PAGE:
The Double, or Wild, Muzio
There happens to be several openings or variations that fall unter the umbrella of either "Double Muzio" or "Wild Muzio." They all involve the sac of two pieces in the openng. The most common moves are -
1. e4 e5 2. f4 exf4 3. Nf3 g5 4. Bc4 g4 5. O-O gxf3 6. Bxf7+
or a deferred sac-
1. e4 e5 2. f4 exf4 3. Nf3 g5 4. Bc4 g4 5. O-O gxf3 6. Qxf3 Qf6 7. e5 Qxe5 8. Bxf7+
The Lolli Gambit is also sometimes called the Wild Muzio, but it follows a very different, and much older, idea-
1. e4 e5 2. f4 exf4 3. Nf3 g5 4. Bc4 g4 5. Bxf7+ Kxf7 6. Ne5+
The Nov. 1901 issue of the BCM asserts tht the Double Muzio was invented by Mr. Rhodes Marriott, president of the Cheshire Chess Association and secretary of the Manchest Chess Club:
"During his 'Cafe days,' he made a systematic study of the Muzio and Allgaier Gambits (his chief book of reference being Cook's Chess Synopsis), and he became so familiar with both gambits that he could generally " hold his own" on even terms with almost any of the first-class players. On one occasion Mr. Blackburne, playing simultaneously at one of the Cafes, offered the "Allgaier," which Mr. Marriott accepted and drew. It was whilst a Cafe player that he invented the 'Double Muzio,' which had a great vogue in Manchester some years back, the innovation being the immediate sacrifice of the Bishop after giving up the Knight."
Chess in Manchester
The Double Muzio
Otago Witness, March 14, 1888
For some time past Mr. Rhodes Marriott, secretary of the Manchester Chess Club, has practiced with much entertainment to himself and with a good proportion of successful results against ost of his opponents, a lively form of the Muzio Gambit,
which, after the sacrifice of the Kt, he immediately gives up the KB, obtaining thereby an attack which against anything but careful and accurate play becomes irresistible. For want of a more appropriate name the opening is locally designated the 'Double Muzio.' It seems, however, that Manchester has not had the debut all to itself. According the the International Chess Magazine, two well-known American players, Messrs Ware and Young, of Boston, have hit upon the same idea, and do impressed they seem to have been with the difficulties of the defence that they wrote to Mr. Steinitz for his views on the subject.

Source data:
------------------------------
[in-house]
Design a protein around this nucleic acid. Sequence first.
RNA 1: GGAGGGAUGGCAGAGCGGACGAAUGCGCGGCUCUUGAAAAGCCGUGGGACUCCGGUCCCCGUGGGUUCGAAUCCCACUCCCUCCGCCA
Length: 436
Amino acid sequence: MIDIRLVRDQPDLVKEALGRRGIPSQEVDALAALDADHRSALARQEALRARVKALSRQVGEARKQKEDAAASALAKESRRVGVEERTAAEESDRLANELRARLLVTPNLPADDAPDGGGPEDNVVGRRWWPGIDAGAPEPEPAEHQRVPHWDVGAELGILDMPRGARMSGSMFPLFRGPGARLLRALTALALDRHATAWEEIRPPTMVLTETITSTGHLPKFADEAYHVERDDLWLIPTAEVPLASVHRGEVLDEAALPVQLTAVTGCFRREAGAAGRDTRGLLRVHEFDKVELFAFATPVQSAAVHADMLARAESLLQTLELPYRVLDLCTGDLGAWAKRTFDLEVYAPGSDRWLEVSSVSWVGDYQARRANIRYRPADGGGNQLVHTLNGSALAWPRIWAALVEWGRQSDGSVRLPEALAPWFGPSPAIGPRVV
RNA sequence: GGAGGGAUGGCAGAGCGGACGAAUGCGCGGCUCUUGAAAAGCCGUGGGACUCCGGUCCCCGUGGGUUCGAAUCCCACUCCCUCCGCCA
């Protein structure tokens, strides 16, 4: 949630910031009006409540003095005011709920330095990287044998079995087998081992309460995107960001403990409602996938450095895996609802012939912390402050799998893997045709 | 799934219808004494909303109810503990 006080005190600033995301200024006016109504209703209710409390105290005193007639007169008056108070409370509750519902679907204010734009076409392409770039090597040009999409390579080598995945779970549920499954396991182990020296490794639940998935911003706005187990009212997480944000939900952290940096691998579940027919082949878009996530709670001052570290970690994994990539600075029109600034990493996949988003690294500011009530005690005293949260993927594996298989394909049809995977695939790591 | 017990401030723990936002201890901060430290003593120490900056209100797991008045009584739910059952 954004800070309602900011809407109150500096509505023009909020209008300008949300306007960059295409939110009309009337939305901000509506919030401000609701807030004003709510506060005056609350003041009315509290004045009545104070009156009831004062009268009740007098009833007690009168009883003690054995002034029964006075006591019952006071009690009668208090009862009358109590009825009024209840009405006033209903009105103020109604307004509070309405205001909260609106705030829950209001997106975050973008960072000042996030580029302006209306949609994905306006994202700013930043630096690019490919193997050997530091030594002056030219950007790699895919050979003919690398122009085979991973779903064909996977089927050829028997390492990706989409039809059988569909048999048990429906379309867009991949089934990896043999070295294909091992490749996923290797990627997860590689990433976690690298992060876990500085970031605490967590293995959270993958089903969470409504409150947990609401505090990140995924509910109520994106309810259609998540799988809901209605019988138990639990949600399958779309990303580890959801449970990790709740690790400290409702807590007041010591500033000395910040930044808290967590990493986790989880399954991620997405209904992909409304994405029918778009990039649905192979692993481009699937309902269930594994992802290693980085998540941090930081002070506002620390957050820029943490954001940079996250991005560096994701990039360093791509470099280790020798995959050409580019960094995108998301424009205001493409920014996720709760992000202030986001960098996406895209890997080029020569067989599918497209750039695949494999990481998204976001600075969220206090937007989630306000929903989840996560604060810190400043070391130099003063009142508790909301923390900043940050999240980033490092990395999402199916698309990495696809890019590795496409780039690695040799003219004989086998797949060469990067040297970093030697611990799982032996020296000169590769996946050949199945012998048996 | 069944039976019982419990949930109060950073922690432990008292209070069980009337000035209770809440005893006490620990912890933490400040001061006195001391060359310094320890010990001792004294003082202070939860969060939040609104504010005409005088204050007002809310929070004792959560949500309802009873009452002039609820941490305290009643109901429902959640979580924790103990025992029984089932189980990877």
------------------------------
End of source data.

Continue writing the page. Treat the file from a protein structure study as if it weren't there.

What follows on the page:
Mr. Steinitz replies in the December number of the International, and in the course of his observations states that 'the idea emanated from Mr. Cochrane, one of the most ingenious masters of the old school.' Mr. Steinitz's analysis is in favor of the defence, but there are variations of an extremely complicated character, and in ordinary play there are undoubedly many chances for the first player. Mr. Marriott has recently had a curious experience with the opening. He succeeded in mating his opponent in 17 moves and a few weeks later he repeated the operation against another player. The two games being identical from first to last. The following is the game which will probably be considered interesting apart from the singular coincidence with which it is associated -
It will be obvious from the games below that the line involving 6. Bxf7+ is the only line that Marriott, Ware and Young are being credited with. The deferred sac had been around for a while. Both are Double Muzio's but that name may very well have been established by Marriott.
Some sample games:
some are master games, most are simuls, odds or disparate games